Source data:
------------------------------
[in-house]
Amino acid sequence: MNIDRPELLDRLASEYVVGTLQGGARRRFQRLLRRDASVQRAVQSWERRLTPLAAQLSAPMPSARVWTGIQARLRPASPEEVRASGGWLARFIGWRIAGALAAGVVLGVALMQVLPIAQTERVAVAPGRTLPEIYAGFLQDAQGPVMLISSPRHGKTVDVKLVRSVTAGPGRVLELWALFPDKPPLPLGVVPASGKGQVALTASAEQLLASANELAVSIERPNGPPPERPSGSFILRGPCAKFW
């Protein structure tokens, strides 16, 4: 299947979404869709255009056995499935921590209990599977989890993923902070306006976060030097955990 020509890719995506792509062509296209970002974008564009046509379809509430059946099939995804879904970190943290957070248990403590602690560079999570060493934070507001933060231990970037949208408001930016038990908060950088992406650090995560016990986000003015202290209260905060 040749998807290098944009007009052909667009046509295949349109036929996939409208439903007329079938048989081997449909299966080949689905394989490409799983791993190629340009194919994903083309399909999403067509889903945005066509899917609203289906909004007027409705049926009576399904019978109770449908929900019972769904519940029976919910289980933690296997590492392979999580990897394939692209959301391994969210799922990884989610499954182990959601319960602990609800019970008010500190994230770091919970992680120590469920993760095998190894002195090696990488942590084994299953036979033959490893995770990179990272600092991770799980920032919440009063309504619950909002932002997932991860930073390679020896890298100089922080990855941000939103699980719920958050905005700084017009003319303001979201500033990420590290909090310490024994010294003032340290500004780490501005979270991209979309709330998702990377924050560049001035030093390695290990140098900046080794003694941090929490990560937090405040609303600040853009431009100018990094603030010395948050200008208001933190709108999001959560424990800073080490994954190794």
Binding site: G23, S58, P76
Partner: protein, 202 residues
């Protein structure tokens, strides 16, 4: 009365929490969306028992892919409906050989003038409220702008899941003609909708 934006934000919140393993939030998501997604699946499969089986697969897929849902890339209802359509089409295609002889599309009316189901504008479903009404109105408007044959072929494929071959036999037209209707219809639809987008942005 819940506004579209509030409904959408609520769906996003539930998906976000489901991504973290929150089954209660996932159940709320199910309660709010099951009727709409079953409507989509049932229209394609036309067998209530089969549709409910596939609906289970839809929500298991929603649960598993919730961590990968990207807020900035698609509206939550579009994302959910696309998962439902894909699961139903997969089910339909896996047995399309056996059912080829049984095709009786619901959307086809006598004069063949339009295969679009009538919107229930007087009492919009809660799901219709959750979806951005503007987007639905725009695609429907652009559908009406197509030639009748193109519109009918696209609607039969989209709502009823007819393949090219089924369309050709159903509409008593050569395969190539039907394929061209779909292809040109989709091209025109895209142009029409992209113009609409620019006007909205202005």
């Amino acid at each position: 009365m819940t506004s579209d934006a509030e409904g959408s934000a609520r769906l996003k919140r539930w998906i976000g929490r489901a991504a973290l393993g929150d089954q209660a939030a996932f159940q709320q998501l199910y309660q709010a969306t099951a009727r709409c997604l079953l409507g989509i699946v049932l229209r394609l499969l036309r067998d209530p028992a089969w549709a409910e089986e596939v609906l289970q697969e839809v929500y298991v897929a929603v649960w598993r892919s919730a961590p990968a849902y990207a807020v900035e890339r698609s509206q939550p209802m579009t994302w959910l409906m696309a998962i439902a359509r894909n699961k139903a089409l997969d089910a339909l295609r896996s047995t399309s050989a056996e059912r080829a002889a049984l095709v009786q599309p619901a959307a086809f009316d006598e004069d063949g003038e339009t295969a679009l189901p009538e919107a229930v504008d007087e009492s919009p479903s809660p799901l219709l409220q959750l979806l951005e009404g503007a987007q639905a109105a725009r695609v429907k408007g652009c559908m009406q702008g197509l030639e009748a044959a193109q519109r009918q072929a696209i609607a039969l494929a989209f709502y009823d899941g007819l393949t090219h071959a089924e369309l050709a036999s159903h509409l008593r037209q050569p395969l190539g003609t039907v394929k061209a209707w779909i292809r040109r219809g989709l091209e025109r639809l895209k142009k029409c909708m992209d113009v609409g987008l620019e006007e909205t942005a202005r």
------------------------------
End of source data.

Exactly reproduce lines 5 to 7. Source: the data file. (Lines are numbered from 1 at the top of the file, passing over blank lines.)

Partner: protein, 202 residues
């Protein structure tokens, strides 16, 4: 009365929490969306028992892919409906050989003038409220702008899941003609909708 934006934000919140393993939030998501997604699946499969089986697969897929849902890339209802359509089409295609002889599309009316189901504008479903009404109105408007044959072929494929071959036999037209209707219809639809987008942005 819940506004579209509030409904959408609520769906996003539930998906976000489901991504973290929150089954209660996932159940709320199910309660709010099951009727709409079953409507989509049932229209394609036309067998209530089969549709409910596939609906289970839809929500298991929603649960598993919730961590990968990207807020900035698609509206939550579009994302959910696309998962439902894909699961139903997969089910339909896996047995399309056996059912080829049984095709009786619901959307086809006598004069063949339009295969679009009538919107229930007087009492919009809660799901219709959750979806951005503007987007639905725009695609429907652009559908009406197509030639009748193109519109009918696209609607039969989209709502009823007819393949090219089924369309050709159903509409008593050569395969190539039907394929061209779909292809040109989709091209025109895209142009029409992209113009609409620019006007909205202005």
């Amino acid at each position: 009365m819940t506004s579209d934006a509030e409904g959408s934000a609520r769906l996003k919140r539930w998906i976000g929490r489901a991504a973290l393993g929150d089954q209660a939030a996932f159940q709320q998501l199910y309660q709010a969306t099951a009727r709409c997604l079953l409507g989509i699946v049932l229209r394609l499969l036309r067998d209530p028992a089969w549709a409910e089986e596939v609906l289970q697969e839809v929500y298991v897929a929603v649960w598993r892919s919730a961590p990968a849902y990207a807020v900035e890339r698609s509206q939550p209802m579009t994302w959910l409906m696309a998962i439902a359509r894909n699961k139903a089409l997969d089910a339909l295609r896996s047995t399309s050989a056996e059912r080829a002889a049984l095709v009786q599309p619901a959307a086809f009316d006598e004069d063949g003038e339009t295969a679009l189901p009538e919107a229930v504008d007087e009492s919009p479903s809660p799901l219709l409220q959750l979806l951005e009404g503007a987007q639905a109105a725009r695609v429907k408007g652009c559908m009406q702008g197509l030639e009748a044959a193109q519109r009918q072929a696209i609607a039969l494929a989209f709502y009823d899941g007819l393949t090219h071959a089924e369309l050709a036999s159903h509409l008593r037209q050569p395969l190539g003609t039907v394929k061209a209707w779909i292809r040109r219809g989709l091209e025109r639809l895209k142009k029409c909708m992209d113009v609409g987008l620019e006007e909205t942005a202005r």